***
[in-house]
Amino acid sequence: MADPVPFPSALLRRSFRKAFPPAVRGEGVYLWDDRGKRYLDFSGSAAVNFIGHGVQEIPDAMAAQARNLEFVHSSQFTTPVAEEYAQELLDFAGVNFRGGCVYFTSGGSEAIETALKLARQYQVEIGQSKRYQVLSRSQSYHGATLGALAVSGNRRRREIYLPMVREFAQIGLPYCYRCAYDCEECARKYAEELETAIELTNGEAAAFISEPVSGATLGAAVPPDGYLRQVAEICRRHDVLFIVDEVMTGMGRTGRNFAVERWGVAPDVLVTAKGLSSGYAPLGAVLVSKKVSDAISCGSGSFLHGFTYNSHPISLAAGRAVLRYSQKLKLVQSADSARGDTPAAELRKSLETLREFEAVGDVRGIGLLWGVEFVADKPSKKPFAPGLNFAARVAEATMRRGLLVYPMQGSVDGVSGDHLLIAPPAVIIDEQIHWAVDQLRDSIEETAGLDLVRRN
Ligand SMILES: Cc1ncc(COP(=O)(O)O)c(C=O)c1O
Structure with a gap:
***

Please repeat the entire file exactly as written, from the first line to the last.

[in-house]
Amino acid sequence: MADPVPFPSALLRRSFRKAFPPAVRGEGVYLWDDRGKRYLDFSGSAAVNFIGHGVQEIPDAMAAQARNLEFVHSSQFTTPVAEEYAQELLDFAGVNFRGGCVYFTSGGSEAIETALKLARQYQVEIGQSKRYQVLSRSQSYHGATLGALAVSGNRRRREIYLPMVREFAQIGLPYCYRCAYDCEECARKYAEELETAIELTNGEAAAFISEPVSGATLGAAVPPDGYLRQVAEICRRHDVLFIVDEVMTGMGRTGRNFAVERWGVAPDVLVTAKGLSSGYAPLGAVLVSKKVSDAISCGSGSFLHGFTYNSHPISLAAGRAVLRYSQKLKLVQSADSARGDTPAAELRKSLETLREFEAVGDVRGIGLLWGVEFVADKPSKKPFAPGLNFAARVAEATMRRGLLVYPMQGSVDGVSGDHLLIAPPAVIIDEQIHWAVDQLRDSIEETAGLDLVRRN
Ligand SMILES: Cc1ncc(COP(=O)(O)O)c(C=O)c1O
Structure with a gap: